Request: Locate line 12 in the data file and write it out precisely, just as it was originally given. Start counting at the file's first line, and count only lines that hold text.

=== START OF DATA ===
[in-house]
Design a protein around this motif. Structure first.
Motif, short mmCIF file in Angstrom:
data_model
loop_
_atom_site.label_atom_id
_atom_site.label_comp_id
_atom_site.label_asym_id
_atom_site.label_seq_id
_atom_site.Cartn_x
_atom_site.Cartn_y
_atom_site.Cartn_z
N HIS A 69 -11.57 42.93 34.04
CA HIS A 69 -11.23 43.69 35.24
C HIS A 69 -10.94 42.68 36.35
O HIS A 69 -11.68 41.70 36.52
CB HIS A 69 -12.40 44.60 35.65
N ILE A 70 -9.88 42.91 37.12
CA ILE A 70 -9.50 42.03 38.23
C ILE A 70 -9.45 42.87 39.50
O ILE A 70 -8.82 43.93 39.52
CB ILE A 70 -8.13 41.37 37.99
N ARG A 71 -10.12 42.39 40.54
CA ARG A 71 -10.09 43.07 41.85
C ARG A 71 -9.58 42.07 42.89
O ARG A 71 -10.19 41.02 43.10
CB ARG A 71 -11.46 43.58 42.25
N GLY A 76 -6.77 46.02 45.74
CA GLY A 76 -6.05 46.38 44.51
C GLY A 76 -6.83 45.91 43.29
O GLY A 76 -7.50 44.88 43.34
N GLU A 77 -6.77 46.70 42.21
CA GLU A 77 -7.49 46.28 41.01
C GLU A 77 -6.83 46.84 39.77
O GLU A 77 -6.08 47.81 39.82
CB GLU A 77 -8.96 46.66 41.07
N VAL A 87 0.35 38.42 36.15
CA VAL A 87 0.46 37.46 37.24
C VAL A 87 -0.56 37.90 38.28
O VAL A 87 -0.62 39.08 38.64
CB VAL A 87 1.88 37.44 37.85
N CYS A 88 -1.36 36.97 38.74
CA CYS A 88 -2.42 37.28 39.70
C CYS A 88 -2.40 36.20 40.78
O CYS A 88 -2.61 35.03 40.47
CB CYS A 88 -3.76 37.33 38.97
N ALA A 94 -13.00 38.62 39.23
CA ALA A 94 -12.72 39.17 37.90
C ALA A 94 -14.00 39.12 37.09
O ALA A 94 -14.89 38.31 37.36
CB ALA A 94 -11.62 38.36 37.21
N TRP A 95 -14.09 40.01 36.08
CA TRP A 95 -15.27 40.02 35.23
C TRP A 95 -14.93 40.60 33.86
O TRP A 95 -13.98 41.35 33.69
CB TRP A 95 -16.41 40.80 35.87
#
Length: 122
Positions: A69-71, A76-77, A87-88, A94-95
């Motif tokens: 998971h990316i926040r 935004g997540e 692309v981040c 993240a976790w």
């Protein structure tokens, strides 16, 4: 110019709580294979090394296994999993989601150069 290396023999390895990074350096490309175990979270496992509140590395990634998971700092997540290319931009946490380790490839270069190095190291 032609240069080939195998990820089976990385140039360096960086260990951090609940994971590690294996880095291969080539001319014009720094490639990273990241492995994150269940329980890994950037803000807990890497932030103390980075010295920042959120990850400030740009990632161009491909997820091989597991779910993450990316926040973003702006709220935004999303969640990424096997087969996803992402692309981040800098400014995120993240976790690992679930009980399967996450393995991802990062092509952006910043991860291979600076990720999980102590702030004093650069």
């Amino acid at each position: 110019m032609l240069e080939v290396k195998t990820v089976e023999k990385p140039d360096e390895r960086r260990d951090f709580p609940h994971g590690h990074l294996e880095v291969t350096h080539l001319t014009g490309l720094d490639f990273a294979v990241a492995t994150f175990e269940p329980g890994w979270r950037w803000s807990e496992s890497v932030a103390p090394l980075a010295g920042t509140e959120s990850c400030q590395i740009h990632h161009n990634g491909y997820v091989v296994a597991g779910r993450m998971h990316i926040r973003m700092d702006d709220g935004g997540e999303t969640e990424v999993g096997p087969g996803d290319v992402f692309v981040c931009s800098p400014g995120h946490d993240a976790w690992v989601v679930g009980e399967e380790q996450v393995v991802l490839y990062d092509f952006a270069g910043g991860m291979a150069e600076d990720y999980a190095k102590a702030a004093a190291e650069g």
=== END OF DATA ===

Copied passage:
_atom_site.Cartn_z